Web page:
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Year : 2012  |  Volume : 56  |  Issue : 2  |  Page : 208-209  

Local infiltration analgesia following total knee arthroplasty

Department of Anaesthesia, Letterkenny General Hospital, Letterkenny, Ireland

Date of Web Publication17-May-2012

Correspondence Address:
Karthik G Ramamoorthy
Department of Anaesthesia, Letterkenny General Hospital, Letterkenny
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Source of Support: None, Conflict of Interest: None

DOI: 10.4103/0019-5049.96320

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How to cite this article:
Ramamoorthy KG. Local infiltration analgesia following total knee arthroplasty. Indian J Anaesth 2012;56:208-9

How to cite this URL:
Ramamoorthy KG. Local infiltration analgesia following total knee arthroplasty. Indian J Anaesth [serial online] 2012 [cited 2021 Jun 19];56:208-9. Available from: https://www.ijaweb.org/text.asp?2012/56/2/208/96320


I read with interest the article written by Kakar et al. [1] about their experience with a hazardous post-operative analgesia regime following total knee replacement.

I have grave concerns regarding the technique of administration of local infiltration analgesia (LIA) in that particular case. LIA is simple, safe and effective for analgesia after knee and hip surgery. LIA has been proven at least in five randomised studies to be safe and efficient in reducing post-operative pain after Total knee artroplasty. [2],[3],[4],[5],[6]

Broadly, the LIA technique has four components: [7] (1) the drug mixture, (2) the injection technique, (3) an intraarticular catheter and (4) the application of a compression bandage.

Firstly, in terms of choice of drug mixture, a high-volume (150-170 mL) injectant mixture consisting of dilute local anaesthetic, either 0.2% ropivacaine or 0.125% levobupivacaine with ketorolac and adrenaline is used. The doses are usually reduced in elderly patients having significant comorbidities.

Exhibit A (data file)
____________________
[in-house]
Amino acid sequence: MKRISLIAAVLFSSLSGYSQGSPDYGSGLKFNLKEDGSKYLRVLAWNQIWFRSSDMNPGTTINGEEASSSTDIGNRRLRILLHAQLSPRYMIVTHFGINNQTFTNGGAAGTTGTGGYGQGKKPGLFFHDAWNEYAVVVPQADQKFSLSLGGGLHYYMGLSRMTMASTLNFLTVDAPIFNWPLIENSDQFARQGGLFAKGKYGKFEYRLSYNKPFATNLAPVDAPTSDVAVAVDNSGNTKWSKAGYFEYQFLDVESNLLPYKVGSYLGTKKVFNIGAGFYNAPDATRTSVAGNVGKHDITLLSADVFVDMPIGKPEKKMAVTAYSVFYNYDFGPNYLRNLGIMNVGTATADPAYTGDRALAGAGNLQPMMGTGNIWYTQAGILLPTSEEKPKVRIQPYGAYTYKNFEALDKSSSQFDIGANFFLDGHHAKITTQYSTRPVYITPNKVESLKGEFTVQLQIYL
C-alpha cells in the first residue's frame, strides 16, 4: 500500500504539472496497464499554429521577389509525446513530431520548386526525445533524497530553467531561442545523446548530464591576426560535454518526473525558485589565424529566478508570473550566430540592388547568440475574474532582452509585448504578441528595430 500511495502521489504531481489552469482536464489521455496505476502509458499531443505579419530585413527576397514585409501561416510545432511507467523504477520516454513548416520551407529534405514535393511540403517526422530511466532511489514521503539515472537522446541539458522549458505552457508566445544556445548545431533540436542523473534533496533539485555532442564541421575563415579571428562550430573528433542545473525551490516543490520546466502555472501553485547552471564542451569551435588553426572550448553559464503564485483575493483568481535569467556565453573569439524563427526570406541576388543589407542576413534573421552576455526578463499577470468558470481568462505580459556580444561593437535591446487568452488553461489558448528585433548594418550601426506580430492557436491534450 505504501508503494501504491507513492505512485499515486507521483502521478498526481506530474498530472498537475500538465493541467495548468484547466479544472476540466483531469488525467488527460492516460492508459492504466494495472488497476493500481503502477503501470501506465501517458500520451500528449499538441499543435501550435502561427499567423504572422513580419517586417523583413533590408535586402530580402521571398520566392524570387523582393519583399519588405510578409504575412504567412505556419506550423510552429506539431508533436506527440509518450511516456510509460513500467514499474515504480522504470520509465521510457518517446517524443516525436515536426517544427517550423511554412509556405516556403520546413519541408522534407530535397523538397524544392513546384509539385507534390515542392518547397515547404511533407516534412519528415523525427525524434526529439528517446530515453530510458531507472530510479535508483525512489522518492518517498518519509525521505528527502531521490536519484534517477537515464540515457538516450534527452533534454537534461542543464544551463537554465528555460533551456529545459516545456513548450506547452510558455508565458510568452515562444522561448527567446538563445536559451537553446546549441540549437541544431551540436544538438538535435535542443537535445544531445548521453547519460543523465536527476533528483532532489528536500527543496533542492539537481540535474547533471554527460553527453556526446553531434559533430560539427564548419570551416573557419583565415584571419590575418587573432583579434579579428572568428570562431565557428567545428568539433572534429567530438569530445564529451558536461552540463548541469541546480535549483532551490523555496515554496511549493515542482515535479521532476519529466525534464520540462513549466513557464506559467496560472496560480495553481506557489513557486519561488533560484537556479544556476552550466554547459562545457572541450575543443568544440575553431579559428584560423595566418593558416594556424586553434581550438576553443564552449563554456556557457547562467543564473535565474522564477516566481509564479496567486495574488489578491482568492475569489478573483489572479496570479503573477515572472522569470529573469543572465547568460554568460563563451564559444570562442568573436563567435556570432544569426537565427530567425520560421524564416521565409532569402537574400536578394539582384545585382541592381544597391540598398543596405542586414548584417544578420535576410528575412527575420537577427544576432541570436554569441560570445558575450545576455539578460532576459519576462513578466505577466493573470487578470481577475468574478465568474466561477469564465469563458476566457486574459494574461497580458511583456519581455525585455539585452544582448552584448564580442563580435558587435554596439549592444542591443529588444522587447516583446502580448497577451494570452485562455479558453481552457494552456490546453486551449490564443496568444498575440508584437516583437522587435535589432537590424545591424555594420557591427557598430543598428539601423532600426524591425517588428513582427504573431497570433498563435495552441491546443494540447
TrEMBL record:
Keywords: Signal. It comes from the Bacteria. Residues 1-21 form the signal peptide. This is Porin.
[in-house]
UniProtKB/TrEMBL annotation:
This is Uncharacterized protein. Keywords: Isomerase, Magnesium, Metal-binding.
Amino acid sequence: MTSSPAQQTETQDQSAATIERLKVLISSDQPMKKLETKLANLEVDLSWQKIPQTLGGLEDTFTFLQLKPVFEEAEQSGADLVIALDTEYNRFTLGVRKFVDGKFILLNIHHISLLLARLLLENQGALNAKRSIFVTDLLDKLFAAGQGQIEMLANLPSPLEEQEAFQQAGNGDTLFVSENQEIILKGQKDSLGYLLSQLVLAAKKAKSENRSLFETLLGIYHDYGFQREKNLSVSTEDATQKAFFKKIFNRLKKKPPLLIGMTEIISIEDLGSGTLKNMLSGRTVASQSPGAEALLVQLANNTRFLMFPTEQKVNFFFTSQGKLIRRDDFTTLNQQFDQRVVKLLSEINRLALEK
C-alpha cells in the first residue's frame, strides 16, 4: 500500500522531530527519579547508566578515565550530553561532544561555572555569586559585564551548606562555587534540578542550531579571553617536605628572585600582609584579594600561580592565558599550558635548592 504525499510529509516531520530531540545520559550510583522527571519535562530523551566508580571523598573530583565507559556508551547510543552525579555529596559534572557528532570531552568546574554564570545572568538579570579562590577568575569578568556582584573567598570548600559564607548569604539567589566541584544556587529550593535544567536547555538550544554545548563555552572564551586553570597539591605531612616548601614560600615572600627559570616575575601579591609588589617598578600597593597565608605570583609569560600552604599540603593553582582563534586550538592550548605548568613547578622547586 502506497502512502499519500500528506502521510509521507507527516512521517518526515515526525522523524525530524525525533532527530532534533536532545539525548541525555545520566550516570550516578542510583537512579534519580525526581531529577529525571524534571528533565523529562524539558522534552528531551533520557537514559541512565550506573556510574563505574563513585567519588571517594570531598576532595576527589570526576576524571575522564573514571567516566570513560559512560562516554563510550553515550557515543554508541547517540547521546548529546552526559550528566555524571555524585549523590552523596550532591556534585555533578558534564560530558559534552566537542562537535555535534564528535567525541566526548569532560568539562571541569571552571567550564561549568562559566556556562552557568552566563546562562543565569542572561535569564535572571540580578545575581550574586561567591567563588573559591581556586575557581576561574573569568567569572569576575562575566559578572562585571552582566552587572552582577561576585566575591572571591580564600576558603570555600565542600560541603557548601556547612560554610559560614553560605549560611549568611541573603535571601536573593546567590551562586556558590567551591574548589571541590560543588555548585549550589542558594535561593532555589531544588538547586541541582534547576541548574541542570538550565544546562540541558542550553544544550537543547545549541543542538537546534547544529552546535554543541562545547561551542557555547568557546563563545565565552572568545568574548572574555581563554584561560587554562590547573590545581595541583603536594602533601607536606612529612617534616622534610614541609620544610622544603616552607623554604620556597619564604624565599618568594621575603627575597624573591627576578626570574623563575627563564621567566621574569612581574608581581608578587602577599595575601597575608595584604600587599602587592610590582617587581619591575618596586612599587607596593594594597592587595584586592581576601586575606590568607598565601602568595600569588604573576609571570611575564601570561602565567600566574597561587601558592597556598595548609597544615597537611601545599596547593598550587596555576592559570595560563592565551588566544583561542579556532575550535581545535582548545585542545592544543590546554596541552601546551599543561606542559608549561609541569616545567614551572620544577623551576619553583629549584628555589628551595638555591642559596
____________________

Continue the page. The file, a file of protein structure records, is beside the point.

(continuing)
Secondly, the injection technique should be systematic and include injection into all tissues involved during surgery. The injection is made in three stages using 50-mL syringes. The first injection is into the tissues around the posterior capsule before inserting the components. The second one is injected into deep tissues around the medial and lateral collateral ligaments and wound edges. The third injection is made into the subcutaneous tissue. Usually, these injections are spread over about 1 h hence keeping the blood levels of local anaesthetic to a minimum.

Thirdly, an intraarticular catheter is inserted by the surgeon, preferably near the posterior aspect of the joint capsule and a further 15 mL of drug mixture is injected. The wound catheter is reserved for future injections.

Lastly, a compression bandage is applied to reduce degradation and slow the diffusion of the local anaesthetic into the bloodstream.

It was unfortunate that the basic principles of LIA were not adhered to in that particular near-fatal case. Instead, the drug mixture consisting of high-concentration local anaesthetic and adrenaline was injected in a single shot.

With the increasing influence of evidence-based medicine, such practices that compromise patient safety need to be looked at seriously.

   References Top

1.Kakar P, Gagrani V, Deshmukh U, Popli G. Post-operative analgesia regime following joint replacement. Indian J Anaesth 2011;55:305-6.  Back to cited text no. 1
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2.Reilly KA, Beard DJ, Barker KL, Dodd CA, Price AJ, Murray DW. Efficacy of an accelerated recovery protocol for Oxford unicompartmental knee arthroplasty-a randomised controlled trial. Knee 2005;12:351-7.  Back to cited text no. 2
3.Busch CA, Shore BJ, Bhandari R, Ganapathy S, MacDonald SJ, Bourne RB, et al. Efficacy of periarticular multimodal drug injection in total knee arthroplasty. A randomized trial. J Bone Joint Surg Am 2006;88:959-63.  Back to cited text no. 3
4.Vendittoli PA, Makinen P, Drolet P, Lavigne M, Fallaha M, Guertin MC, et al. A multimodal analgesia protocol for total knee arthroplasty. A randomized, controlled study. J Bone Joint Surg Am 2006;88:282-9.  Back to cited text no. 4
5.Andersen LO, Husted H, Otte KS, Kristensen BB, Kehlet H. High-volume infiltration analgesia in total knee arthroplasty: A randomized, double-blind, placebo-controlled trial. Acta Anaesthesiol Scand 2008;52:1331-5.  Back to cited text no. 5
6.Toftdahl K, Nikolajsen L, Haraldsted V, Madsen F, Tonnesen EK, Soballe K. Comparison of peri- and intra-articular analgesia with femoral nerve block after total knee arthroplasty: A randomized clinical trial. Acta Orthop 2007;78:172-9.  Back to cited text no. 6
7.Andersen LØ, Husted H, Otte KS, Kristensen BB, Kehlet HA. Compression bandage improves local infiltration analgesia in total knee arthroplasty. Acta Orthop 2008;79:806-11.  Back to cited text no. 7

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